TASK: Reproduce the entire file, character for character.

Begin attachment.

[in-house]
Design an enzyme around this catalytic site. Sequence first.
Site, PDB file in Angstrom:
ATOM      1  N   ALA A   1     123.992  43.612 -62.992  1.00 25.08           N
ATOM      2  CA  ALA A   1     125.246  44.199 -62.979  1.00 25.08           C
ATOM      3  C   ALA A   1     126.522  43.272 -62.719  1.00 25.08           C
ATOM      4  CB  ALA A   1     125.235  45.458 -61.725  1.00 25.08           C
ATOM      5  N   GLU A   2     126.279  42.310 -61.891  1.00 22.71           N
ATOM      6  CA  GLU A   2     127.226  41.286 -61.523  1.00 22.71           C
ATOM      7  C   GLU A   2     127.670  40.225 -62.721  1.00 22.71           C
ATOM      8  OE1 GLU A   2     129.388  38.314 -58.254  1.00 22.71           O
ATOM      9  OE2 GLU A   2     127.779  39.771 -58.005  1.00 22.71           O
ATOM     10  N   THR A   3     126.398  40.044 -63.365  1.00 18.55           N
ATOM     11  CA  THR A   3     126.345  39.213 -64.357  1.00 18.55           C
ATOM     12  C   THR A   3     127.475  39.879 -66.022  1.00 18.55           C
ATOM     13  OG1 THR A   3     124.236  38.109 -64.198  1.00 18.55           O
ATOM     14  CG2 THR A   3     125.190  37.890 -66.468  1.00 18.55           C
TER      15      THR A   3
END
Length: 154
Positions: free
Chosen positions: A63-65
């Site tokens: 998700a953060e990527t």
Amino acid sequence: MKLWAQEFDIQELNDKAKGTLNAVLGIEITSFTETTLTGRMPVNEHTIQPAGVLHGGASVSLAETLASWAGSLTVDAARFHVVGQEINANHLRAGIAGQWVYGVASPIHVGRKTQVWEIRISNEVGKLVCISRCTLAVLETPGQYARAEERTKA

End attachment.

[in-house]
Design an enzyme around this catalytic site. Sequence first.
Site, PDB file in Angstrom:
ATOM      1  N   ALA A   1     123.992  43.612 -62.992  1.00 25.08           N
ATOM      2  CA  ALA A   1     125.246  44.199 -62.979  1.00 25.08           C
ATOM      3  C   ALA A   1     126.522  43.272 -62.719  1.00 25.08           C
ATOM      4  CB  ALA A   1     125.235  45.458 -61.725  1.00 25.08           C
ATOM      5  N   GLU A   2     126.279  42.310 -61.891  1.00 22.71           N
ATOM      6  CA  GLU A   2     127.226  41.286 -61.523  1.00 22.71           C
ATOM      7  C   GLU A   2     127.670  40.225 -62.721  1.00 22.71           C
ATOM      8  OE1 GLU A   2     129.388  38.314 -58.254  1.00 22.71           O
ATOM      9  OE2 GLU A   2     127.779  39.771 -58.005  1.00 22.71           O
ATOM     10  N   THR A   3     126.398  40.044 -63.365  1.00 18.55           N
ATOM     11  CA  THR A   3     126.345  39.213 -64.357  1.00 18.55           C
ATOM     12  C   THR A   3     127.475  39.879 -66.022  1.00 18.55           C
ATOM     13  OG1 THR A   3     124.236  38.109 -64.198  1.00 18.55           O
ATOM     14  CG2 THR A   3     125.190  37.890 -66.468  1.00 18.55           C
TER      15      THR A   3
END
Length: 154
Positions: free
Chosen positions: A63-65
């Site tokens: 998700a953060e990527t």
Amino acid sequence: MKLWAQEFDIQELNDKAKGTLNAVLGIEITSFTETTLTGRMPVNEHTIQPAGVLHGGASVSLAETLASWAGSLTVDAARFHVVGQEINANHLRAGIAGQWVYGVASPIHVGRKTQVWEIRISNEVGKLVCISRCTLAVLETPGQYARAEERTKA